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The Black God's Drums

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Creeper, a scrappy young teen, is done living on the streets of New Orleans. Instead, she wants to soar, and her sights are set on securing passage aboard the smuggler airship Midnight Robber. Her ticket: earning Captain Ann-Marie’s trust using a secret about a kidnapped Haitian scientist and a mysterious weapon he calls The Black God’s Drums.

But Creeper keeps another secret close to heart--Oya, the African orisha of the wind and storms, who speaks inside her head and grants her divine powers. And Oya has her own priorities concerning Creeper and Ann-Marie…

112 pages, Kindle Edition

First published August 21, 2018

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About the author

P. Djèlí Clark

45 books4,276 followers
Phenderson Djèlí Clark.

Phenderson Djéli Clark is the author of the novel A Master of Djinn, and the award-winning and Hugo, Nebula, and Sturgeon nominated author of the novellas Ring Shout, The Black God’s Drums and The Haunting of Tram Car 015. His short stories have appeared in online venues such as Tor.com, Heroic Fantasy Quarterly, Beneath Ceaseless Skies, and in print anthologies including, Griots and Hidden Youth. You can find him on Twitter at @pdjeliclark and his blog The Disgruntled Haradrim.

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Displaying 1 - 30 of 1,815 reviews
Profile Image for Elle (ellexamines).
1,084 reviews17.5k followers
August 3, 2019
“The name of your ship is Midnight Robber!
She pauses at this. Shrugs. Then says evenly: “It's satire.”

This novella was so addicting.

I absolutely love the worldbuilding of this book. The Black God’s Drums is set in a post-confederate New Orleans in which the South achieved their goal of armistice. While many cities rebelled, they succeeded in keeping most territories, using slave labor and keeping them confined via a type of poison gas called drapeto. The aesthetic used is perfect, keeping you very firmly within the alt-history lowkey-sci-fi vibe but also not feeling overdone.

The characters in this book, all of them black, are first and foremost trying to keep their sanctuary together, and though they are all selfishly motivated, their love for New Orleans brings them together. I thought this was a super compelling story thread - it’s hard not to root for New Orleans to avoid falling under confederate rule and Drapeto.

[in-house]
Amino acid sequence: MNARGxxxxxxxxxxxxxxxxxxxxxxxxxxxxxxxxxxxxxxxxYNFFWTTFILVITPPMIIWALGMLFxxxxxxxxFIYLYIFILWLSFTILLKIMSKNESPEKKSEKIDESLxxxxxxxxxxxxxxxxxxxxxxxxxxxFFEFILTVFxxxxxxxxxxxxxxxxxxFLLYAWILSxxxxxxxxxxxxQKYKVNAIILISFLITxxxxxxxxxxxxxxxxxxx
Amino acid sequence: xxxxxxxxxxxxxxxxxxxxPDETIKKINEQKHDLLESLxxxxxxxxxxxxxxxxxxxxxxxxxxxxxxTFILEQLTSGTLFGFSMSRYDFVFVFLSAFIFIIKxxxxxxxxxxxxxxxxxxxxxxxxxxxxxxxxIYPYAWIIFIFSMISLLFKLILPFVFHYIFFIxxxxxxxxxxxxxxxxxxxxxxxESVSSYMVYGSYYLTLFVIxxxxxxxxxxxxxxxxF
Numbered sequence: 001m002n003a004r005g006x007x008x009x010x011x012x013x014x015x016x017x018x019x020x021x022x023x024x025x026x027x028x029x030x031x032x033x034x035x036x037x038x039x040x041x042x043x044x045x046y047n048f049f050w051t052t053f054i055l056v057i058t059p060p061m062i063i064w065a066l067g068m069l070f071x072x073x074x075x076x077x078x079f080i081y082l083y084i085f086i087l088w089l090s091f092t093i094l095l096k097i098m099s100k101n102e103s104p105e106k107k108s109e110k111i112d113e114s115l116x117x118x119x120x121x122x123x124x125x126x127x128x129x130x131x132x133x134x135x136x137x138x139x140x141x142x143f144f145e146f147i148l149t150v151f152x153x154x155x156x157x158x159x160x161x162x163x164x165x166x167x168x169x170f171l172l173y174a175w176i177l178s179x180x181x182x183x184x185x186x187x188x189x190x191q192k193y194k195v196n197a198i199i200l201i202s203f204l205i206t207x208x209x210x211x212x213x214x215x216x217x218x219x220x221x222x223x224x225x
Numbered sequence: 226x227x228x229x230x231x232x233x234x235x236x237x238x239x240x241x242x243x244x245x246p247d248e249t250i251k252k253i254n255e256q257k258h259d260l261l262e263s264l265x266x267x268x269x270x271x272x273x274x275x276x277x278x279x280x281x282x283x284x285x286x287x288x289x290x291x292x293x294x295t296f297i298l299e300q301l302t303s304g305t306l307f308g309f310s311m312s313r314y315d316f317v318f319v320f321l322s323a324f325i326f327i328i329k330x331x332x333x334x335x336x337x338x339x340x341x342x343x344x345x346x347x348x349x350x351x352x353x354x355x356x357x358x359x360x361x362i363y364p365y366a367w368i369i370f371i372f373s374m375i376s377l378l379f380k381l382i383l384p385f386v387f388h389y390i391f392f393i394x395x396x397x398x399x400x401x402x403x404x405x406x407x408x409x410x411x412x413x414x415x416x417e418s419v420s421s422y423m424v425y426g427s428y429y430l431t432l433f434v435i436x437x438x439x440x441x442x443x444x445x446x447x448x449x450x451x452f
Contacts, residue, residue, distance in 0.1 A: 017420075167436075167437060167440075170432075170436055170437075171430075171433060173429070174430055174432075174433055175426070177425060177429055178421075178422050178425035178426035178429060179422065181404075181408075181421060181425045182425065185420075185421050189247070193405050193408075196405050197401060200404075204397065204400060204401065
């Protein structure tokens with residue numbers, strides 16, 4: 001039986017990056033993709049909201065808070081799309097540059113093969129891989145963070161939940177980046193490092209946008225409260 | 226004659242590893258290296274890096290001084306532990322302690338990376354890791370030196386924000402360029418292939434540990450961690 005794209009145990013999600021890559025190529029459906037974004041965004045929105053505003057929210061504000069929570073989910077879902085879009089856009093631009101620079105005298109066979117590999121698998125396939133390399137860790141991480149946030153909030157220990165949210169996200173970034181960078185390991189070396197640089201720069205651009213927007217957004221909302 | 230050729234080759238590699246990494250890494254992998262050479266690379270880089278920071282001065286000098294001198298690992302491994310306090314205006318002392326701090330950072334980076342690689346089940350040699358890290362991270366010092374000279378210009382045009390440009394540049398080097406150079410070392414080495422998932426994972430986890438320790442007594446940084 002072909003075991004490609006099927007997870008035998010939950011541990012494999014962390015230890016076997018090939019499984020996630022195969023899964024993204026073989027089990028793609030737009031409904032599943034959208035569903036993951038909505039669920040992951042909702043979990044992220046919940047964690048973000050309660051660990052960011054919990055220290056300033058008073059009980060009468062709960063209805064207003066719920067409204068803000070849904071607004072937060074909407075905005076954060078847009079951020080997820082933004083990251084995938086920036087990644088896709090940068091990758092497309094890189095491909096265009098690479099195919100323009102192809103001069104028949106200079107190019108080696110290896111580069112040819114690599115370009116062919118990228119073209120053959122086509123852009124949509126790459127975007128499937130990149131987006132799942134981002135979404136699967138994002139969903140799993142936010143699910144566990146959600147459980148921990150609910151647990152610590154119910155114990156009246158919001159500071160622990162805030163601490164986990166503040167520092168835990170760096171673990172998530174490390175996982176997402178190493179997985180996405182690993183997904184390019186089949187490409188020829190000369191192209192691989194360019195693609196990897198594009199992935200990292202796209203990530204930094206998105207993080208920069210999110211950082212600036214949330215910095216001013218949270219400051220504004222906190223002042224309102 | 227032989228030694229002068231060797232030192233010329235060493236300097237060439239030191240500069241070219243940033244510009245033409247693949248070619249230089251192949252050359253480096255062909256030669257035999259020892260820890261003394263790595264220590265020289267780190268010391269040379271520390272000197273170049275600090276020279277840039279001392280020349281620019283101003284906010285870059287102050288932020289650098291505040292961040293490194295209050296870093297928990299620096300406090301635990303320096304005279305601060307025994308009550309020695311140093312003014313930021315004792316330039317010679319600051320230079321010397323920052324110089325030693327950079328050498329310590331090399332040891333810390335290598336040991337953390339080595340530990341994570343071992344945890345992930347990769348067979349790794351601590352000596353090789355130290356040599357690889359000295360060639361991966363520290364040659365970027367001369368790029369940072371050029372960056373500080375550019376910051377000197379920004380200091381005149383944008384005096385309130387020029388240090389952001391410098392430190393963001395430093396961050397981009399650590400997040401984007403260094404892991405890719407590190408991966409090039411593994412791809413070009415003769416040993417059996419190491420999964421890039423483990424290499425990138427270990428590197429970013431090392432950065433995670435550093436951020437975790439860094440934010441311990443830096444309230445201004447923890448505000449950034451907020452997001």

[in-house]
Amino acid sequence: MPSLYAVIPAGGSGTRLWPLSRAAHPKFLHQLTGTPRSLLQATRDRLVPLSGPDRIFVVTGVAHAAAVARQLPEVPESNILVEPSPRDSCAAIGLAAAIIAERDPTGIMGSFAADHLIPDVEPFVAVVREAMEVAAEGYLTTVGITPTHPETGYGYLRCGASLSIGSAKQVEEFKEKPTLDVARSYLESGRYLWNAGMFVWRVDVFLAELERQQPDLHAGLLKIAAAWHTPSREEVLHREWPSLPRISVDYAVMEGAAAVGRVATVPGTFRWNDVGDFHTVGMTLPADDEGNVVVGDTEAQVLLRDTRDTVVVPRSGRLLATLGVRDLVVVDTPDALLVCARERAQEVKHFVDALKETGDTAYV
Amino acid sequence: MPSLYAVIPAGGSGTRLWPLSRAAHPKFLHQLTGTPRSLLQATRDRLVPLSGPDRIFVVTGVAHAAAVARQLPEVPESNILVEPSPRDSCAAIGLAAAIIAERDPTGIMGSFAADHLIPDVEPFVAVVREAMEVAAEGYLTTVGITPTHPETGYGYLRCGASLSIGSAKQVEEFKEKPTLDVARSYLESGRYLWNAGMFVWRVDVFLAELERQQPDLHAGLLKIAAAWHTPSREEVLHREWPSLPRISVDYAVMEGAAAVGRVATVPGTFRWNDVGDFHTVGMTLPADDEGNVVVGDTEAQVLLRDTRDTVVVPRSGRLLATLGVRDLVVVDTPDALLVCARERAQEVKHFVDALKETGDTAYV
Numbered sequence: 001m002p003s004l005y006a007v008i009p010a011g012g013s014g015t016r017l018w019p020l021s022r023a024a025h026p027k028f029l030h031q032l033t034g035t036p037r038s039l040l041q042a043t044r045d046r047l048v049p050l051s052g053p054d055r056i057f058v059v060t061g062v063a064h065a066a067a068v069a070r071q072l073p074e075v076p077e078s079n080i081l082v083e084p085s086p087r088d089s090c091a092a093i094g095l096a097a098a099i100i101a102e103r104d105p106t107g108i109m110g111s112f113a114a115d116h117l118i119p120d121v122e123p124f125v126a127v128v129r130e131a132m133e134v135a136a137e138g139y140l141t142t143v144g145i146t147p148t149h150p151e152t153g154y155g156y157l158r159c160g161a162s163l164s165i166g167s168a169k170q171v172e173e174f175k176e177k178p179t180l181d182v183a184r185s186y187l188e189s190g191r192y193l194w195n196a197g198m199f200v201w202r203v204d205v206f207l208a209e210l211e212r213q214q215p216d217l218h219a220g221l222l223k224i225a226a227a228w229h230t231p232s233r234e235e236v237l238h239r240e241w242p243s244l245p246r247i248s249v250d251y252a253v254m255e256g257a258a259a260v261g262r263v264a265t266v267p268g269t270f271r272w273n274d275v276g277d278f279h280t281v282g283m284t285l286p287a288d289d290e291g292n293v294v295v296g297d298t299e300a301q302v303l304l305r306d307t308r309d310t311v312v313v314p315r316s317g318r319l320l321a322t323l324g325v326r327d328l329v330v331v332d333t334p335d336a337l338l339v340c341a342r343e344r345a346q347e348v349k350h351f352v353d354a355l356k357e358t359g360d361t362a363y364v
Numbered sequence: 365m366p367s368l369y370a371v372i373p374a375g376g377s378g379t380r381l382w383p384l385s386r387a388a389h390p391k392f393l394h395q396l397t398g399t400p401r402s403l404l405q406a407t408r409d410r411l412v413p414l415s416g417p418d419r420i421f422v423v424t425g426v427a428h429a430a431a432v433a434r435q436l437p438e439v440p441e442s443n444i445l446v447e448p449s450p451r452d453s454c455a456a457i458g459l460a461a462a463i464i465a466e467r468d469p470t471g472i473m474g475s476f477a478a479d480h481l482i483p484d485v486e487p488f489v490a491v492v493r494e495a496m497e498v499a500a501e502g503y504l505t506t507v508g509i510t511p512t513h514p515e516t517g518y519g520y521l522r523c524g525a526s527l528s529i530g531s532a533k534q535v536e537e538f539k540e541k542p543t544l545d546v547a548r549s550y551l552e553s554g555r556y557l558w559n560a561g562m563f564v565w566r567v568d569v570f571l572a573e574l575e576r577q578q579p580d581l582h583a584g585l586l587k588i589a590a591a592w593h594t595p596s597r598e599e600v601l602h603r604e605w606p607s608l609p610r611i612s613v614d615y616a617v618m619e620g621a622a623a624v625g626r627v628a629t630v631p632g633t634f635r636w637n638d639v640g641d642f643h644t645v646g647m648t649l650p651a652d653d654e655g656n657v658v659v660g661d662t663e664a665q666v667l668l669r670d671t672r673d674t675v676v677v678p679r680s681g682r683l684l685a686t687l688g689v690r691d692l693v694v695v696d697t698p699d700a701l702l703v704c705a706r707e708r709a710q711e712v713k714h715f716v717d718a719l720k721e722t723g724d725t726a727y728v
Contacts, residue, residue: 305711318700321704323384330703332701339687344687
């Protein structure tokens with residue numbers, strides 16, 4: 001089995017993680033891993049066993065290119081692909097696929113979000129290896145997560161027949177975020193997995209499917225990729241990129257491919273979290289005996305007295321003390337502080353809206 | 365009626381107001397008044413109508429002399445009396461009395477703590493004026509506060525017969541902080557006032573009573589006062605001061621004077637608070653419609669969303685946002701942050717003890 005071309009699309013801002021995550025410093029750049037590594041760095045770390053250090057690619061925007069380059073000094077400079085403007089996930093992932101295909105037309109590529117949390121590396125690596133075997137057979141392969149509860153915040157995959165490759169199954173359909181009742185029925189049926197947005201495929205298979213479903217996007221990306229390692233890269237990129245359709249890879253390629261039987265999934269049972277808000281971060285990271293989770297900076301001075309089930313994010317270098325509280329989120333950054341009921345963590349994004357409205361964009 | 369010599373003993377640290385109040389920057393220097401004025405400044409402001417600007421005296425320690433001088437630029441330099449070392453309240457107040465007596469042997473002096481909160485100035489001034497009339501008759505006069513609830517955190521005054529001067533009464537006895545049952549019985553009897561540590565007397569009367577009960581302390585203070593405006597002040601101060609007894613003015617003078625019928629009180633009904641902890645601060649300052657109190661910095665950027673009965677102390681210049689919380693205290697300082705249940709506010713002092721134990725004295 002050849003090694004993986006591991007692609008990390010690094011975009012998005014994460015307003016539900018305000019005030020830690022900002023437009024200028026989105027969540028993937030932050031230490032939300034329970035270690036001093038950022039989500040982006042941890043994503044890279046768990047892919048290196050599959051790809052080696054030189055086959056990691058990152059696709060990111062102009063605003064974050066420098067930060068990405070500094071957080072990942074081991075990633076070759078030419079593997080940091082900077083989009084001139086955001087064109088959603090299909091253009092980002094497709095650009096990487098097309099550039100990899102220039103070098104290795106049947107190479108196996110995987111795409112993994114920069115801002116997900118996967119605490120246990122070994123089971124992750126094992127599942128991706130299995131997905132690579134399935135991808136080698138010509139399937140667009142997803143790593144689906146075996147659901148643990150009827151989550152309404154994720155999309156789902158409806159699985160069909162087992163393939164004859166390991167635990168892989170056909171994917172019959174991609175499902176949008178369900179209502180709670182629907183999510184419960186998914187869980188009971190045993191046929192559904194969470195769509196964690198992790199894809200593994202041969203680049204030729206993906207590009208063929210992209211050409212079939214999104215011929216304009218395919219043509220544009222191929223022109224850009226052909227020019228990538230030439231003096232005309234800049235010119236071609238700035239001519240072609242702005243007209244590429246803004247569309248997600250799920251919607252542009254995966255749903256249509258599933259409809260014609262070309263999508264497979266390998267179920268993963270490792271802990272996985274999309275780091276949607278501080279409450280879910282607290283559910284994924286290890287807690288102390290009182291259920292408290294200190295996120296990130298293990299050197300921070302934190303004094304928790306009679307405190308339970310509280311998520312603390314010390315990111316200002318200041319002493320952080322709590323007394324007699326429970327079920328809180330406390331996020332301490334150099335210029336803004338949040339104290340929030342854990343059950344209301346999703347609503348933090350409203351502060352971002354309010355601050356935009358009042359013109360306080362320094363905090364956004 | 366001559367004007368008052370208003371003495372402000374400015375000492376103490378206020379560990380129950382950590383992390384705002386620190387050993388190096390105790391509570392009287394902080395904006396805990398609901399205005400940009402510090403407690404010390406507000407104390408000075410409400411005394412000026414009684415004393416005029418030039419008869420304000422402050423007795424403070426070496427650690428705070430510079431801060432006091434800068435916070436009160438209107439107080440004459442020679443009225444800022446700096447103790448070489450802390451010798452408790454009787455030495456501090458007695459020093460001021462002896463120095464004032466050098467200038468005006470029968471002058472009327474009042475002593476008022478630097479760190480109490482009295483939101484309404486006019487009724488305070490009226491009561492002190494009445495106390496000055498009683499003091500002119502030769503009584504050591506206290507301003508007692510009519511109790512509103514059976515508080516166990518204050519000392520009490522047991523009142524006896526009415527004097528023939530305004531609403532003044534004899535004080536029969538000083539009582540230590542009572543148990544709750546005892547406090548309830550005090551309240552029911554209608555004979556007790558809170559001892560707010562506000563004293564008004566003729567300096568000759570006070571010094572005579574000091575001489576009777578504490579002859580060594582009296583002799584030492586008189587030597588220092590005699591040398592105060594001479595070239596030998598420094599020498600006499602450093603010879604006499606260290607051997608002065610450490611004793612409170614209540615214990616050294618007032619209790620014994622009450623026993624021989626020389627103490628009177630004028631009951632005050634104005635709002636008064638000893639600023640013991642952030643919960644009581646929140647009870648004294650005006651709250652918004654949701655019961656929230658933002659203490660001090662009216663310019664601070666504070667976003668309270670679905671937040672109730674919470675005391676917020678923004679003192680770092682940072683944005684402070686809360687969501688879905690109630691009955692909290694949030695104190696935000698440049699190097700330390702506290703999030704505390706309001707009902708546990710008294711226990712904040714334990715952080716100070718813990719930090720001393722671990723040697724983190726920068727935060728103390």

All to fall in with this whole compelling-thematic-narrative thing, we have some super cool characters! This book is about a fourteen year old girl named Creeper and a lesbian ship’s captain named Ann-Marie. I love the murder nuns. I love the doctor’s daughter. And Oya, Creeper’s Orisha presence, is so iconic. I love her and I would die for her.

I never have enough to say about short Tor novellas, so I guess all I can say is… I really liked it? It’s an overall fun and compelling read, very fast-paced [clocking in at only 100 pages], and will almost certainly interest you if you’re at all into Tor’s line. Which I always am. Favorite publisher and all that.

Thank you so much to Tor for the arc! [release: August 21]
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Profile Image for carol..
1,534 reviews7,863 followers
September 17, 2018
Fabuleux. If you have a thing for thieving street orphans  or the power of New Orleans, I highly recommend giving it a read.

Creeper is a street orphan in the polyglot city of New Orleans. She loves her city but also has dreams of traveling the world. While she's casing out the passengers arriving by recent airship, her hiding space is usurped by a gang of men. They're talking treason, smuggling someone from Haiti and bringing an awful weapon into the neutral zone that is New Orleans.

"Les Grand Murs were built by Dutchmen to protect against the storms that come every year. Not the regular hurricanes neither, but them tempêtes noires that turn the skies into night for a whole week. I was born in one of the big ones some thirteen years back in 1871. The walls held in the Big Miss but the rain and winds almost drowned the city anyway, filling it up like a bowl...She said I was Oya's child--the goddess of storms, life, death, and rebirth, who came over with her great-grandmaman from Lafrik, and who runs strong in our blood."